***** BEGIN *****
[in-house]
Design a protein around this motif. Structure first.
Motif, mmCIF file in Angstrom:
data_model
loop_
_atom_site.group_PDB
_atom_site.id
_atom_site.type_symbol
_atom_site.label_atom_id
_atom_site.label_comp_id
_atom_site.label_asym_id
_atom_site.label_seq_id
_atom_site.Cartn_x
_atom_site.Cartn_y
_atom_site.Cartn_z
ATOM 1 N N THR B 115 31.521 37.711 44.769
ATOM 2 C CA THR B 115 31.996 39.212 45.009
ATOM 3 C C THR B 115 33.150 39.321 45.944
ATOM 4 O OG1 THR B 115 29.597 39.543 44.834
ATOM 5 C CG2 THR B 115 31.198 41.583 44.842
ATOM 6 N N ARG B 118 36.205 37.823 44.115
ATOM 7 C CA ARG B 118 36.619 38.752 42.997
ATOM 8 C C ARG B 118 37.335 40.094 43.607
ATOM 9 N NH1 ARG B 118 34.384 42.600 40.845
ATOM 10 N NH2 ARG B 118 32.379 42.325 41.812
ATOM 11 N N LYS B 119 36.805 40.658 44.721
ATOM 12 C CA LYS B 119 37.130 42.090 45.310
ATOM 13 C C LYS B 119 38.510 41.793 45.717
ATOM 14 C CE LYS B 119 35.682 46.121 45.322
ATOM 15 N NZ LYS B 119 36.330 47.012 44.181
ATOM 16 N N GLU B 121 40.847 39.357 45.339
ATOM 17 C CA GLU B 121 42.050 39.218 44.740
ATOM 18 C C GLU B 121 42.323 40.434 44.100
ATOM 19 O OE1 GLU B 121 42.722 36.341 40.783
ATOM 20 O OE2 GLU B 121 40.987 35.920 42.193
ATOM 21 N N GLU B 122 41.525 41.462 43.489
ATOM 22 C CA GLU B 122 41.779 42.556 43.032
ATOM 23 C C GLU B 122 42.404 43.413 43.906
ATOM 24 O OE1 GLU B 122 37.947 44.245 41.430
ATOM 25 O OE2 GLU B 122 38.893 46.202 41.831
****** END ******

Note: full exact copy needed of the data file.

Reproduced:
[in-house]
Design a protein around this motif. Structure first.
Motif, mmCIF file in Angstrom:
data_model
loop_
_atom_site.group_PDB
_atom_site.id
_atom_site.type_symbol
_atom_site.label_atom_id
_atom_site.label_comp_id
_atom_site.label_asym_id
_atom_site.label_seq_id
_atom_site.Cartn_x
_atom_site.Cartn_y
_atom_site.Cartn_z
ATOM 1 N N THR B 115 31.521 37.711 44.769
ATOM 2 C CA THR B 115 31.996 39.212 45.009
ATOM 3 C C THR B 115 33.150 39.321 45.944
ATOM 4 O OG1 THR B 115 29.597 39.543 44.834
ATOM 5 C CG2 THR B 115 31.198 41.583 44.842
ATOM 6 N N ARG B 118 36.205 37.823 44.115
ATOM 7 C CA ARG B 118 36.619 38.752 42.997
ATOM 8 C C ARG B 118 37.335 40.094 43.607
ATOM 9 N NH1 ARG B 118 34.384 42.600 40.845
ATOM 10 N NH2 ARG B 118 32.379 42.325 41.812
ATOM 11 N N LYS B 119 36.805 40.658 44.721
ATOM 12 C CA LYS B 119 37.130 42.090 45.310
ATOM 13 C C LYS B 119 38.510 41.793 45.717
ATOM 14 C CE LYS B 119 35.682 46.121 45.322
ATOM 15 N NZ LYS B 119 36.330 47.012 44.181
ATOM 16 N N GLU B 121 40.847 39.357 45.339
ATOM 17 C CA GLU B 121 42.050 39.218 44.740
ATOM 18 C C GLU B 121 42.323 40.434 44.100
ATOM 19 O OE1 GLU B 121 42.722 36.341 40.783
ATOM 20 O OE2 GLU B 121 40.987 35.920 42.193
ATOM 21 N N GLU B 122 41.525 41.462 43.489
ATOM 22 C CA GLU B 122 41.779 42.556 43.032
ATOM 23 C C GLU B 122 42.404 43.413 43.906
ATOM 24 O OE1 GLU B 122 37.947 44.245 41.430
ATOM 25 O OE2 GLU B 122 38.893 46.202 41.831